SAHMRI. Inspired research, better health for all.
11 October, 2017

Vital SAHMRI research projects funded by the NHMRC


Researchers at the South Australian Health and Medical Research Institute (SAHMRI), in collaboration with partner organisations, the University of Adelaide, Flinders University and the University of South Australia, have been awarded funding from the National Health and Medical Research Council (NHMRC) to support their innovative research. 

SAHMRI’s Executive Director, Professor Steve Wesselingh, said that he is very pleased with today’s announcement. 

“Three of SAHMRI’s Theme Leaders and two up-and-coming research stars have today been acknowledged by the NHMRC with significant grant awards, and this is a terrific outcome for our institute and South Australia,” Professor Wesselingh said.

“The research projects being funded by the NHMRC truly have the potential to have translational outcomes that will improve the quality of life for so many people.

“I am also so pleased to see that SAHMRI’s collaborative model is proving successful. By working together, we can be more competitive and the strength of our research is increased, which is a great benefit to our state.”

We are thrilled that the following projects have been awarded funding from the NHMRC:

Improving leukaemia outcomes

Professor Tim Hughes, SAHMRI’s Cancer Theme Leader and Cancer Council SA’s Beat Cancer Project Research Chair at the University of Adelaide, was awarded a Research Fellowship, for research into translating his team’s key discoveries in the area of Chronic Myeloid Leukaemia (CML) into clinically applicable biomarkers and well-targeted treatment strategies to markedly improve outcomes for CML patients globally.

Understanding and overcoming cardiovascular and diabetes inequalities in Indigenous Australians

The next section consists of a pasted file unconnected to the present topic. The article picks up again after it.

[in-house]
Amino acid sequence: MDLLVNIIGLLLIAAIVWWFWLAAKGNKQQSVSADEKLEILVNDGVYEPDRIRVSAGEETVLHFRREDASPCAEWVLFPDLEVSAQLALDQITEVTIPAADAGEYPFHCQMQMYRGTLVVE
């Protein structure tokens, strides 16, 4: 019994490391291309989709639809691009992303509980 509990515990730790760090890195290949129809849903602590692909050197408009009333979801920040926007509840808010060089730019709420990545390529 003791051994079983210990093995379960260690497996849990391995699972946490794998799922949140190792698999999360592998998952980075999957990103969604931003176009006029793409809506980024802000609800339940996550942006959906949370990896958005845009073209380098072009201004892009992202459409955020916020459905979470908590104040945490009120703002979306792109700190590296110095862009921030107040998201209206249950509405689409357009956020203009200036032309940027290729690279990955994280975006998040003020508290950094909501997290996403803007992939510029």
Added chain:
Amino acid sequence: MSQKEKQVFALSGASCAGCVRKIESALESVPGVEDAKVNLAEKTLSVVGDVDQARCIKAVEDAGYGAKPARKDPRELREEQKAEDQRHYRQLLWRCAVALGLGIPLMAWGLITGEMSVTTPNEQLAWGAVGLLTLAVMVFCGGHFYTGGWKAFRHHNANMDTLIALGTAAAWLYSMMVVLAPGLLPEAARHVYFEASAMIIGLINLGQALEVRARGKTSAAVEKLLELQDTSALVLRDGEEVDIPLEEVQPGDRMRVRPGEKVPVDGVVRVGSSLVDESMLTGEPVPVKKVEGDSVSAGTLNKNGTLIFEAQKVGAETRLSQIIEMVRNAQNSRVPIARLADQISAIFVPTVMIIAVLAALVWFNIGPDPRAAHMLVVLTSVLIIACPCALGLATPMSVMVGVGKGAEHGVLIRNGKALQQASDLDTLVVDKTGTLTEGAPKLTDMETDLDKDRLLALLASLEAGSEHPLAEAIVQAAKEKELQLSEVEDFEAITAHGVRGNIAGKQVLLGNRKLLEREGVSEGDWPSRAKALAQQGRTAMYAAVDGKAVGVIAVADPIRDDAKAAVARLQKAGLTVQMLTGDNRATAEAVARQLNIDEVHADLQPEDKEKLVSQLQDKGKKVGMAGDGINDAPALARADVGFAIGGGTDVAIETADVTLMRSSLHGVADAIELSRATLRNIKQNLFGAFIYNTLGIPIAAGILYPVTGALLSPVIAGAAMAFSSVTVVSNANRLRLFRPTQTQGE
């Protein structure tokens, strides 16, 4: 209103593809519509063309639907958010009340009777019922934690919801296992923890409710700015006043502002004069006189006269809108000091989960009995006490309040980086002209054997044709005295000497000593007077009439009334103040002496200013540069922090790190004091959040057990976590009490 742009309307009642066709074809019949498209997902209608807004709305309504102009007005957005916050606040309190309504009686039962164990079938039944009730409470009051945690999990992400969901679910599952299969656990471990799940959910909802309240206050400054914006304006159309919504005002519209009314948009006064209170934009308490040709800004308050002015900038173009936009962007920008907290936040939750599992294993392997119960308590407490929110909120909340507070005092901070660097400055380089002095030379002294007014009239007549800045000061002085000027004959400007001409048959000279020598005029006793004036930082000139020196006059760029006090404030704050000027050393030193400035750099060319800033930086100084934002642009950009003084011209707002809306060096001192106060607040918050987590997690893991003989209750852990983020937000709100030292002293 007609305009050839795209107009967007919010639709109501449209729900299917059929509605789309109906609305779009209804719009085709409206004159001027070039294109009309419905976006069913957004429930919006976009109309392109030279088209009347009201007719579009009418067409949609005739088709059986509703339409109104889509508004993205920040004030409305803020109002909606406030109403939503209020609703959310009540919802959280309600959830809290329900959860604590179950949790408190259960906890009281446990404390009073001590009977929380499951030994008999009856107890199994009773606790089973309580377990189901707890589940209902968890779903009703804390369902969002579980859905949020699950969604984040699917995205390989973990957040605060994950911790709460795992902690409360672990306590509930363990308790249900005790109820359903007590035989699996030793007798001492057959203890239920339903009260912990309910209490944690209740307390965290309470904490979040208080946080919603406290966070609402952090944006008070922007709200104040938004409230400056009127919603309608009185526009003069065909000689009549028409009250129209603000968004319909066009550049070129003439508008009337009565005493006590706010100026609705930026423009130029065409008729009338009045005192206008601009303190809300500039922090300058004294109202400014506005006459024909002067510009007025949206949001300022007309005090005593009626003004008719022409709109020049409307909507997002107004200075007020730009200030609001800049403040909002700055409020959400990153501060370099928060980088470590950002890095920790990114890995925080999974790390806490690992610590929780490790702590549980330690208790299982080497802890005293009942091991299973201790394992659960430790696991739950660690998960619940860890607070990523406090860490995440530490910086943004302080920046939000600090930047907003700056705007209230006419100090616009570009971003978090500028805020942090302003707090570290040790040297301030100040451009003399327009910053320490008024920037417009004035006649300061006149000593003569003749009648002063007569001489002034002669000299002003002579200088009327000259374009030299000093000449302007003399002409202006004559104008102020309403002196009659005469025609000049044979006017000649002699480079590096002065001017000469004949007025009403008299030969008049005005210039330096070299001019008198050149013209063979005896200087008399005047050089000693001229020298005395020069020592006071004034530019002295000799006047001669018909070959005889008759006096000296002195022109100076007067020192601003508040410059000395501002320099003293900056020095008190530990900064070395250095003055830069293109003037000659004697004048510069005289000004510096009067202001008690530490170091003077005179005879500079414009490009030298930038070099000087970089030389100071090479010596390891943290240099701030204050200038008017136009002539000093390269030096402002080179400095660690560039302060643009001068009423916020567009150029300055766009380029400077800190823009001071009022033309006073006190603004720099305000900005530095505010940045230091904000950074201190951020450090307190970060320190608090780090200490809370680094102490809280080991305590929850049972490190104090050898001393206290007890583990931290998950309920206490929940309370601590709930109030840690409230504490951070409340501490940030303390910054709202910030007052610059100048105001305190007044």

Professor Alex Brown, SAHMRI’s Aboriginal Health Theme Leader and Research Chair in Aboriginal Health at the University of South Australia, was awarded a Research Fellowship to clarify the factors driving disparities in cardiovascular disease and diabetes risk, disease and mortality, and develop interventions that improve the management and prevention of chronic disease among Indigenous Australians. This project has been administered by the University of South Australia.

Targeted nutrition to improve maternal and child health outcomes

Professor Maria Makrides, SAHMRI’s Healthy Mothers, Babies and Children Theme Leader, has been awarded a Centre of Research Excellence, to respond to the nutritional dichotomy that is facing Australia’s perinatal population, namely nutritional deficiencies that are more common in lower income groups and over-consumption of nutritional supplements that is more prevalent in higher income groups. This project has been administered by the University of Adelaide.

Optimising outcomes in CML through rational drug selection using predictive assay results and maximising treatment free remissions

Dr David Yeung, Post-doctoral Fellow within SAHMRI’s Cancer Theme and clinician at the Royal Adelaide Hospital, has been awarded an Early Career Fellowship to investigate a number of research questions critical to further improving outcomes for CML patients. 

Reducing over consumption of sugar-sweetened beverages in Australia

Dr Caroline Miller, Director of SAHMRI’s Population Health Research Group, has been awarded a Career Development Fellowship, to conduct research into the area of the excess consumption of sugar-sweetened beverages, which is associated with excess energy intake, weight gain, obesity, type 2 diabetes, cardiovascular risk factors and tooth decay. This project has been administered by the University of Adelaide.

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SAHMRI is located on the traditional lands of the Kaurna people.

The SAHMRI community acknowledges and pays respect to the Kaurna people as the traditional custodians of the Adelaide region. We also acknowledge the deep feelings of attachment and the relationship of the Kaurna people to their country. We pay our respects to the Kaurna peoples' ancestors and the living Kaurna people today.